Additionally, learners may in some cases be able to utilise their existing part-time / vacation employment providing they can demonstrate that it is personally developmental and involves a level of responsibility (decided upon submission of the role details by the Module Leader).

    The work based learning activity should enable the student to build on previous experiences and learning gained within their academic course and elsewhere. It should provide learning opportunities for personal development. The student is encouraged and supported in developing the ability to identify applied knowledge and skills that enhance their work performance, ensure their continued improvement and apply theory to practice as appropriate. The learner should develop improved understanding of themselves, and the workplace through reflective and reflexive learning.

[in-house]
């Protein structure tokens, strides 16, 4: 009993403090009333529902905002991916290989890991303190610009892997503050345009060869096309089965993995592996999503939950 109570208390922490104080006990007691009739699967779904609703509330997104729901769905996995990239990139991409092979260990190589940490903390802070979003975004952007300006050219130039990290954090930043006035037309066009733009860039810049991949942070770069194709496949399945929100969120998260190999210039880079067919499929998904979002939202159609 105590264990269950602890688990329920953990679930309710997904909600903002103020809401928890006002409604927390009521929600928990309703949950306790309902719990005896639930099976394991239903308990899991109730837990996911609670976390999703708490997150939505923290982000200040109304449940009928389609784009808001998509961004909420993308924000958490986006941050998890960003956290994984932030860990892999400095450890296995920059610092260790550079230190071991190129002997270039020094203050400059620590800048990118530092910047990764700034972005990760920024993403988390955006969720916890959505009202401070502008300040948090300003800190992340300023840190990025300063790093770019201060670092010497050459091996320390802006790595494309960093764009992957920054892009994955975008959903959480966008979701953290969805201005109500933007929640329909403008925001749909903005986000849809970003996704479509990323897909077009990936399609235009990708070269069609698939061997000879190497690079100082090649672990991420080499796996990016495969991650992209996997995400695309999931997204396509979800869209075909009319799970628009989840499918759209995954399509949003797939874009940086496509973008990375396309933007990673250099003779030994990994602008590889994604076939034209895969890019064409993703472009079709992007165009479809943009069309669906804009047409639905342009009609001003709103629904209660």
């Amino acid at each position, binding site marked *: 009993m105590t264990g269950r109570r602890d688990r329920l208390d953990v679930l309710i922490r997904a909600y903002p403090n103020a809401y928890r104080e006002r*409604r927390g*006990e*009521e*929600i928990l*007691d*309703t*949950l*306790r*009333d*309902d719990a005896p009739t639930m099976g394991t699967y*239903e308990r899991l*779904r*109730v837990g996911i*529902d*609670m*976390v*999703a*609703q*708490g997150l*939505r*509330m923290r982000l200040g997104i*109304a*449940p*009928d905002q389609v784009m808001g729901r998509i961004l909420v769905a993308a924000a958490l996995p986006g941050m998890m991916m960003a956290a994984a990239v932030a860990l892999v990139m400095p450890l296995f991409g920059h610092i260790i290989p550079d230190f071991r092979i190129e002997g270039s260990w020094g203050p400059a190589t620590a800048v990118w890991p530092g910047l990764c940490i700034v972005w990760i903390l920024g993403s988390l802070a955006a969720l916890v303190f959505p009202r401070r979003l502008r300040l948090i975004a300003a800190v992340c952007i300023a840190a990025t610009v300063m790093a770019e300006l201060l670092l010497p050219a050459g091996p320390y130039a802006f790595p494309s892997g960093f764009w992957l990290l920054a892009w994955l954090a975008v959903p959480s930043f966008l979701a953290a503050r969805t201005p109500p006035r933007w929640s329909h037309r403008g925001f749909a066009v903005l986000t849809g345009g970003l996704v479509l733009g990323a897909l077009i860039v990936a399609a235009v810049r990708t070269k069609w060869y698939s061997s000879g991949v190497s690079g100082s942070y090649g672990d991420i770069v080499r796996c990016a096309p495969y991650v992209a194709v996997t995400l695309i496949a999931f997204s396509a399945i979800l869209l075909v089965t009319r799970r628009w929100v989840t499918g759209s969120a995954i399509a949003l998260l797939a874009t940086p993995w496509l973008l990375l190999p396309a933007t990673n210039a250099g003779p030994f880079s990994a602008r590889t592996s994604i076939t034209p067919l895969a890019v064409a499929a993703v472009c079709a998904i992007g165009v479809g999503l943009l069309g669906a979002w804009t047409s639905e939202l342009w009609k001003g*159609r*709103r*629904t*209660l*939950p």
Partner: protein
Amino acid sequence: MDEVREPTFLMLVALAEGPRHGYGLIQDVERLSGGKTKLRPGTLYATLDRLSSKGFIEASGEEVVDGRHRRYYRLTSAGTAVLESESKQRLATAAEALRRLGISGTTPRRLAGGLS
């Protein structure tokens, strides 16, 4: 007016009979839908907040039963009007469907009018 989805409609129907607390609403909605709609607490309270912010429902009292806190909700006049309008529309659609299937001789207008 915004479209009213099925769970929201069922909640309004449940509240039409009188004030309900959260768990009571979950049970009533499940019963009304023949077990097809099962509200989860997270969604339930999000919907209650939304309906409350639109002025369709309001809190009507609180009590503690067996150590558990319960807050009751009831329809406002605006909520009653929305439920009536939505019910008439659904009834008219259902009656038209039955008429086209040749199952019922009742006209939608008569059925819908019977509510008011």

• Students will be contacted soon after they register for the module (e.g. June for those registered for October) to ensure they understand the requirements and are able to find suitable activity
    • The University must ensure that suitable health and safety requirements are in place and the work activity needs to be approved by the module team before they start the role. The suitability of the opportunities will be assessed on an individual basis.
    • Where required, students will be supported in finding suitable opportunities and with all aspects of their job search and applications. The Careers and Employability Team will work with School teams to provide this support. However, it is the students’ responsibility to obtain suitable employment, and roles cannot be guaranteed.